Seahorse Dads Go The Extra Yard For Father’s Day [and all other days too!]

As most homo sapiens would attest, raising kids is no easy chore. And if you’re a single Dad, the responsibility is even greater, and the job, much tougher. But what about animal fathers who have the added onus of bearing their young. That’s right. Some species are known for both ‘carrying’ their progeny as well ‘caring’ for them. Seahorses are just one.

Horsin' around . . .

Seahorse males are infamously known for getting pregos and gestating their youngins’ into a brood pouch in about 9 to 45 days. In this Youtube vid, view the miracle of a Papa seahorse giving birth to a ‘fry’ of on upwards of 1500 Babies. Now’s that’s what I call labor!

In reverse mating fashion, the female seahorse deposits up to 2,000 eggs in the male's pouch. Throughout gestation, the male's mate will visit him daily for “morning greetings”.

The male then carries the eggs until the seahorses emerge fully developed, but visually very small, as evidenced by the video above.

Why the male seahorse (and other members of the genus Hippocampus) carry the offspring through gestation is unknown, though some researchers believe it allows for shorter birthing intervals — in turn, resulting in more offspring. This gives males an unlimited number of ready and willing partners giving them the opportunity to produce more offspring than females in a breeding season.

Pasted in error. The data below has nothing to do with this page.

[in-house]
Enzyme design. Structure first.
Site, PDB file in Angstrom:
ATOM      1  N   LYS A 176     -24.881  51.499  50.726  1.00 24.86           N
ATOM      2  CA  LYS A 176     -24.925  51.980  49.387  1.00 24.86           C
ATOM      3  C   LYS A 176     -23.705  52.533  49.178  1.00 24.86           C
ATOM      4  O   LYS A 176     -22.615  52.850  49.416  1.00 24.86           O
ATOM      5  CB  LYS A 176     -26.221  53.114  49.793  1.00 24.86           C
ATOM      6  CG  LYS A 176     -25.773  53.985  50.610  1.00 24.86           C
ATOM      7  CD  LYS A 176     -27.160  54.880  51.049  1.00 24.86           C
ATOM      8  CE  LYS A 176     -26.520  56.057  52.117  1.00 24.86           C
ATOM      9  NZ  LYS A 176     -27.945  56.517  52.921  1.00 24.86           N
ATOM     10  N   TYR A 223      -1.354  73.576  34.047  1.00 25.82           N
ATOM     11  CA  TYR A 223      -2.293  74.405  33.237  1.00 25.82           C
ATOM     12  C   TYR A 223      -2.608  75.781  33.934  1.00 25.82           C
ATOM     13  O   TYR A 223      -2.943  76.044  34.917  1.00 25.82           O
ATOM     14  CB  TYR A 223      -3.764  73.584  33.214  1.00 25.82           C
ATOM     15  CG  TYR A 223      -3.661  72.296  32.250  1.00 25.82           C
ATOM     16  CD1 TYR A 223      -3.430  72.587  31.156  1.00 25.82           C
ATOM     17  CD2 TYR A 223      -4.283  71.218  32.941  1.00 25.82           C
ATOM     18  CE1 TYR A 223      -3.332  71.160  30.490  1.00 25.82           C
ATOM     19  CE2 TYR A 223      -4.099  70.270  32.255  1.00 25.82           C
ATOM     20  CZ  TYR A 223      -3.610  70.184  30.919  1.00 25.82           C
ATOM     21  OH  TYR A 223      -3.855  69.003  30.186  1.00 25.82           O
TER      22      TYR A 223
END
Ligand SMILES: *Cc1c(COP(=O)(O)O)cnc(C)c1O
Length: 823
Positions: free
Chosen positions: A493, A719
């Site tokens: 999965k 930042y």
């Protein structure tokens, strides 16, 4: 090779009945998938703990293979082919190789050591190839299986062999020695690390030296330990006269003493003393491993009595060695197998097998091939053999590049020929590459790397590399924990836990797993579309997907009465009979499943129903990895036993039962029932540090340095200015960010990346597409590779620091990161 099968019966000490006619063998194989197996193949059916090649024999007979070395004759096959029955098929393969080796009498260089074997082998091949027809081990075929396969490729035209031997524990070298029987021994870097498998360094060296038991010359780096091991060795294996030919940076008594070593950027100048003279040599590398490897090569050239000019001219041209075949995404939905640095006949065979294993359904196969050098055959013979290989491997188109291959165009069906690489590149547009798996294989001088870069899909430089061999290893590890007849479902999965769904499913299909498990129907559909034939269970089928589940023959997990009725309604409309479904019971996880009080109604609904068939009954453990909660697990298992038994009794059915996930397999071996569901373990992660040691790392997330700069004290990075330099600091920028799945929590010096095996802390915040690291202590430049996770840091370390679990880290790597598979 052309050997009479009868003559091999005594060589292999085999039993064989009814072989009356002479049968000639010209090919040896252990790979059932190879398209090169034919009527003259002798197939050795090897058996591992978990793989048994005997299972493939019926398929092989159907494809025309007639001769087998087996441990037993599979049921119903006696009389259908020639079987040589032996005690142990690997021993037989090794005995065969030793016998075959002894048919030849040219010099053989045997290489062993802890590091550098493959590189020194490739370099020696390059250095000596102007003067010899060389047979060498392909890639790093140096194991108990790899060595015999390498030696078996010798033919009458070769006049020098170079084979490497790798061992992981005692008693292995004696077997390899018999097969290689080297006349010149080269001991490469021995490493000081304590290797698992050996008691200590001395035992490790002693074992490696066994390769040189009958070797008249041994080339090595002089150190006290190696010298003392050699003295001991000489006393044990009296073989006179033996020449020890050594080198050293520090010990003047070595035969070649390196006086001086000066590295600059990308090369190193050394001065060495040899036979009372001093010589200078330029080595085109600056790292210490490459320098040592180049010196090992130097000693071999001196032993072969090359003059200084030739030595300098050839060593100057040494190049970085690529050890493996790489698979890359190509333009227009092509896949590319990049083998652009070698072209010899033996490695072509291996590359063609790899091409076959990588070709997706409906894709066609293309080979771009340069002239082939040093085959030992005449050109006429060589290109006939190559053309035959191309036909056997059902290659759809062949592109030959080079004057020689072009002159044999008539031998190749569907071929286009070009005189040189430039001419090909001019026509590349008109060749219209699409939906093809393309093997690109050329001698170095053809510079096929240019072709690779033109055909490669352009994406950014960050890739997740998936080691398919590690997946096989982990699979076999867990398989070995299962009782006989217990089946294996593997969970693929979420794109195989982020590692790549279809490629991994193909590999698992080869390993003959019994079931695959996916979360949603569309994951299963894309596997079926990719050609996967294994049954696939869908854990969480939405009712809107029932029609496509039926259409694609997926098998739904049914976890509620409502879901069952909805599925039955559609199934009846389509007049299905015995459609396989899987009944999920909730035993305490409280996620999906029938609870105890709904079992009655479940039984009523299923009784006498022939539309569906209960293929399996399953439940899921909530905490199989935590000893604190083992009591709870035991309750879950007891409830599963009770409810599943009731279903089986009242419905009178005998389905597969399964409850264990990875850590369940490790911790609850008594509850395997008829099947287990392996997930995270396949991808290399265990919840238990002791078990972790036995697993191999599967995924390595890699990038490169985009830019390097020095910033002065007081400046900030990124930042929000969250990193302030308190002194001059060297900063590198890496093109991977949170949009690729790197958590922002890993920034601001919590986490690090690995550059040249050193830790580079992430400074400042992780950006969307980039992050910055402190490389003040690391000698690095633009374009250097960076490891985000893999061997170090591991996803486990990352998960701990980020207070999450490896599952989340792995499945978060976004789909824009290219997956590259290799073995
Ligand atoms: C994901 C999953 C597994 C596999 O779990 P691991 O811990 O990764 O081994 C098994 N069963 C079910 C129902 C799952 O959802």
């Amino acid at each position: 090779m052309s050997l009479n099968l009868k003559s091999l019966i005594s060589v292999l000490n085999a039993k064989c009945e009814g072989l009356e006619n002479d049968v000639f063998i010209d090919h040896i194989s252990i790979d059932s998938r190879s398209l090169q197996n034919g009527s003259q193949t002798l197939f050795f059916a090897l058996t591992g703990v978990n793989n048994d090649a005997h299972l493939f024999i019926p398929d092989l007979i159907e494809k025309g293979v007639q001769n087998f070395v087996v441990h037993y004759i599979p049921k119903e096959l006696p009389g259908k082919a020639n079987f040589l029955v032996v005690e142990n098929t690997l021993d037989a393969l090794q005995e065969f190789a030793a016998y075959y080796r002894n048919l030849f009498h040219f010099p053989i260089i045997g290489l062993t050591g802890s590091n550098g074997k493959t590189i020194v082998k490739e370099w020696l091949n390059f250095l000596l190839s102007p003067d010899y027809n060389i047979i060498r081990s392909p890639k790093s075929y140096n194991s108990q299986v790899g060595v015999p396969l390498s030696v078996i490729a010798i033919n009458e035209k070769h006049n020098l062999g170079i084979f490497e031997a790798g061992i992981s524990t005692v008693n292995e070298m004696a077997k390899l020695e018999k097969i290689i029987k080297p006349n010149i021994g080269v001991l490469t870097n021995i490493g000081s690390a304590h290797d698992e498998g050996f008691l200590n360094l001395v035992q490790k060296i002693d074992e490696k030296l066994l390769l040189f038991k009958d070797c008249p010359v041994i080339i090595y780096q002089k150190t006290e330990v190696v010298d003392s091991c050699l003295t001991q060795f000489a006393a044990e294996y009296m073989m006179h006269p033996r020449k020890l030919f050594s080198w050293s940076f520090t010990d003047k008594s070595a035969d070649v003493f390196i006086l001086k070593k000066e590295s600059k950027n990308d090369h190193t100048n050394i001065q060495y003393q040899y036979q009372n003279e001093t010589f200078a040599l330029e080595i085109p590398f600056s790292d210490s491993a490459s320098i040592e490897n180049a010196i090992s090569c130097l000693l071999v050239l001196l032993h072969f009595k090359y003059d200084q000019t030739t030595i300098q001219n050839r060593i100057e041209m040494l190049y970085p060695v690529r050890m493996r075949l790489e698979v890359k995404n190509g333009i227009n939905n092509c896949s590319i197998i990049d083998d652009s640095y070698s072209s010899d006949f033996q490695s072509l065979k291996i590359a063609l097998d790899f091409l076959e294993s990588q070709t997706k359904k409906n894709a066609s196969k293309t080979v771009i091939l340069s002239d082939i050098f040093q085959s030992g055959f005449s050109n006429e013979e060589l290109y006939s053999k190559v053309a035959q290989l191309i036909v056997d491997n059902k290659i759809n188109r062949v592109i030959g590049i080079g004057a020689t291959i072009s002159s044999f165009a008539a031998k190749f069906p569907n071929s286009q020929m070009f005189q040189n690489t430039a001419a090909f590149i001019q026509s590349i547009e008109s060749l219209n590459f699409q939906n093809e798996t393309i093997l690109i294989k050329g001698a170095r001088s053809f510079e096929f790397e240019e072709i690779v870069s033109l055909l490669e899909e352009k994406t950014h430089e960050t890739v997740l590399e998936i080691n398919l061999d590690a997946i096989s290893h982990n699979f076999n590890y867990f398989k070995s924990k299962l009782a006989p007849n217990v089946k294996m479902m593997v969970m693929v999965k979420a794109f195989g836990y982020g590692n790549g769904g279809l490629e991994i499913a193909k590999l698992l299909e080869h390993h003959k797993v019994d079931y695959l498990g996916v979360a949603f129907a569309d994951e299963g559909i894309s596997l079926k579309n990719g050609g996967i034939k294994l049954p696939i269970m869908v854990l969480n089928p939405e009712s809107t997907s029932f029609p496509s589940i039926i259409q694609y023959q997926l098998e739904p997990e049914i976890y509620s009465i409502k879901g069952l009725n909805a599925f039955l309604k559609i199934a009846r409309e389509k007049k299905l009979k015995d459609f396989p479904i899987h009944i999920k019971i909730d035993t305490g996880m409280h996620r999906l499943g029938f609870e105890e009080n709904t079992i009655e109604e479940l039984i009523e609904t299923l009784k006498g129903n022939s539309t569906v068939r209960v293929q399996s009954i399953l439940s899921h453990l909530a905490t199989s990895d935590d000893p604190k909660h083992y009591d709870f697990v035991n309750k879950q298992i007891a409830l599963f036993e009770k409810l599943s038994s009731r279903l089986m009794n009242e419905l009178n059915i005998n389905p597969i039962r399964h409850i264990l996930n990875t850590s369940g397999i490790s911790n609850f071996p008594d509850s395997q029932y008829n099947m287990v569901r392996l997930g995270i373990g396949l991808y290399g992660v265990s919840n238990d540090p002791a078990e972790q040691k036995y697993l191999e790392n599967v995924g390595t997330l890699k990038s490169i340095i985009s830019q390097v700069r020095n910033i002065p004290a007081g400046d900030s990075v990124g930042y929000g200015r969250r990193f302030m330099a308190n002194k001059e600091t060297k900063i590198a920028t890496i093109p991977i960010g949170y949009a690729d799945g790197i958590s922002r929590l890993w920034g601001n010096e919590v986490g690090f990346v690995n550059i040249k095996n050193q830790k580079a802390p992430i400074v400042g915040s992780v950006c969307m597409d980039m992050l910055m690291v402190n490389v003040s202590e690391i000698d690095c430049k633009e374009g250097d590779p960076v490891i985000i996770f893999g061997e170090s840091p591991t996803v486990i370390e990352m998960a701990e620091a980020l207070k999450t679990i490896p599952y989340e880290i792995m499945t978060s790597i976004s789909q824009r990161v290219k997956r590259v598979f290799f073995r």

Monogamy

While the Momma and Papa seahorses are not known to mate for life, many of the dads form bonds with their liaisons, at least for one full breeding season.

Although monogamy within fish is not common, it does appear to exist for some. This may be due to the mate-guarding hypothesis. That's the belief that, “males remain with a single female because of ecological factors that make male parental care and protection of offspring especially advantageous.”

Survival of the Fittest

Unfortunately, only about five seahorses out of every thousand survive to adulthood. The fry are so tiny they can't eat the same plankton food as their parents, so their choices are limited, and many perish early. Also, they tend to get carried away by ocean currents before they can latch onto rocks or other secure objects with their tails. This unfortunately puts them into peril in becoming part of the zooplankton other animals eat.

The fact that so few survive might be the reason seahorses share the child-rearing duties more than other creatures. Seahorse Dads take one for the team while Moms attend to other domestic duties, such as doing the shopping and making their underwater abode neat and tidy [just kidding!]

In any event, Happy Father’s Day you seafaring seahorses! We think you all deserve a congratulatory pat on the shell for all the hards work you’ve done and continue to do over the years! Way to go . . . or is it flow?

Primary Source: National Geographic

 

 

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